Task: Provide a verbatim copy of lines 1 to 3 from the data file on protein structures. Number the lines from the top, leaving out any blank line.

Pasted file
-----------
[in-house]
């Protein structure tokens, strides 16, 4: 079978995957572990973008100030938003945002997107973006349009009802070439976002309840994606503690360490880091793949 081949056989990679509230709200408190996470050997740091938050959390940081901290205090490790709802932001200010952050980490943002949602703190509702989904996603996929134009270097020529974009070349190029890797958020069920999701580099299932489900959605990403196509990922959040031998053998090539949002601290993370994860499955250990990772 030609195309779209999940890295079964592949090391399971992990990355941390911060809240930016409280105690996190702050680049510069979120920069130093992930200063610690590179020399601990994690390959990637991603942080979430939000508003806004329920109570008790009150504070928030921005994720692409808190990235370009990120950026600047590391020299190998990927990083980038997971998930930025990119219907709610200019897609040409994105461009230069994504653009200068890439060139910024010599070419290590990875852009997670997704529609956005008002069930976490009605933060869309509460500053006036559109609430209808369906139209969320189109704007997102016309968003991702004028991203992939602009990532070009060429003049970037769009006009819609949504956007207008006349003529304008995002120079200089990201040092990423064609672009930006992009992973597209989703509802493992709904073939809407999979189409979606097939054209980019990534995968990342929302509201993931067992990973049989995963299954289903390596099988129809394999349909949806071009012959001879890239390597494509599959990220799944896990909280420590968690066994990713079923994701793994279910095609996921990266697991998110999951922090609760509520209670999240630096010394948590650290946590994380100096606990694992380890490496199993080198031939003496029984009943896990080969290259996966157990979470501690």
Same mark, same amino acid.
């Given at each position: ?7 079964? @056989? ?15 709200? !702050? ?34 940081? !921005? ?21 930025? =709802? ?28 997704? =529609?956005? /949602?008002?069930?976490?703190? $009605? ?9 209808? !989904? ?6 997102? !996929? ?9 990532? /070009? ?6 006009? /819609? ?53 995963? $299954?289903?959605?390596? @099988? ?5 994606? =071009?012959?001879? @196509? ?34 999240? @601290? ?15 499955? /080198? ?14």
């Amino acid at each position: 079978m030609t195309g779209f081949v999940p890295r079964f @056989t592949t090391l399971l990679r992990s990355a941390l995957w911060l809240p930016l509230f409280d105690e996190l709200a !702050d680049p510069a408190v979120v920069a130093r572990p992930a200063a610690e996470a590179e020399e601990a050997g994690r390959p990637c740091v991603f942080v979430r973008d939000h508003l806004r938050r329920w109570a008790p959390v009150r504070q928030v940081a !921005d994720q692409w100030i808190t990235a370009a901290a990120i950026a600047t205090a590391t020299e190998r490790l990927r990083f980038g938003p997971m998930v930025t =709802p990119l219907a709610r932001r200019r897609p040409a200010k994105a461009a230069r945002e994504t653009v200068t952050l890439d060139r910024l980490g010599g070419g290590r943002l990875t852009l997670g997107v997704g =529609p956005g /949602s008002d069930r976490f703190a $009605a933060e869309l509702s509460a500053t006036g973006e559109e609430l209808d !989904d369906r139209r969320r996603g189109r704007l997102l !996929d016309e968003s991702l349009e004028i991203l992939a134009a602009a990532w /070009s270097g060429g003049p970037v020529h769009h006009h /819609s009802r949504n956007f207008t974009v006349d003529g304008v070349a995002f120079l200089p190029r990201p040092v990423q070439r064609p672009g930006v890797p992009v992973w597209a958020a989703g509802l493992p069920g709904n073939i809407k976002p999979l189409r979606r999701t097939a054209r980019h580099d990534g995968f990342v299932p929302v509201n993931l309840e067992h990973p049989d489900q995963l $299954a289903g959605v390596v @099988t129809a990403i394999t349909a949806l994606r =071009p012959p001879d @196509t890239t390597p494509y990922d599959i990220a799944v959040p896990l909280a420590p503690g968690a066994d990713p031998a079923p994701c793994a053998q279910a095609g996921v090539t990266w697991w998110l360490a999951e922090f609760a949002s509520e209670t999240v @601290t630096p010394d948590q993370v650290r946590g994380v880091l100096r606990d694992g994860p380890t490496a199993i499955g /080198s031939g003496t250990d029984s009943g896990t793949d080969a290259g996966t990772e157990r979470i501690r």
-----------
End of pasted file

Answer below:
[in-house]
């Protein structure tokens, strides 16, 4: 079978995957572990973008100030938003945002997107973006349009009802070439976002309840994606503690360490880091793949 081949056989990679509230709200408190996470050997740091938050959390940081901290205090490790709802932001200010952050980490943002949602703190509702989904996603996929134009270097020529974009070349190029890797958020069920999701580099299932489900959605990403196509990922959040031998053998090539949002601290993370994860499955250990990772 030609195309779209999940890295079964592949090391399971992990990355941390911060809240930016409280105690996190702050680049510069979120920069130093992930200063610690590179020399601990994690390959990637991603942080979430939000508003806004329920109570008790009150504070928030921005994720692409808190990235370009990120950026600047590391020299190998990927990083980038997971998930930025990119219907709610200019897609040409994105461009230069994504653009200068890439060139910024010599070419290590990875852009997670997704529609956005008002069930976490009605933060869309509460500053006036559109609430209808369906139209969320189109704007997102016309968003991702004028991203992939602009990532070009060429003049970037769009006009819609949504956007207008006349003529304008995002120079200089990201040092990423064609672009930006992009992973597209989703509802493992709904073939809407999979189409979606097939054209980019990534995968990342929302509201993931067992990973049989995963299954289903390596099988129809394999349909949806071009012959001879890239390597494509599959990220799944896990909280420590968690066994990713079923994701793994279910095609996921990266697991998110999951922090609760509520209670999240630096010394948590650290946590994380100096606990694992380890490496199993080198031939003496029984009943896990080969290259996966157990979470501690």
Same mark, same amino acid.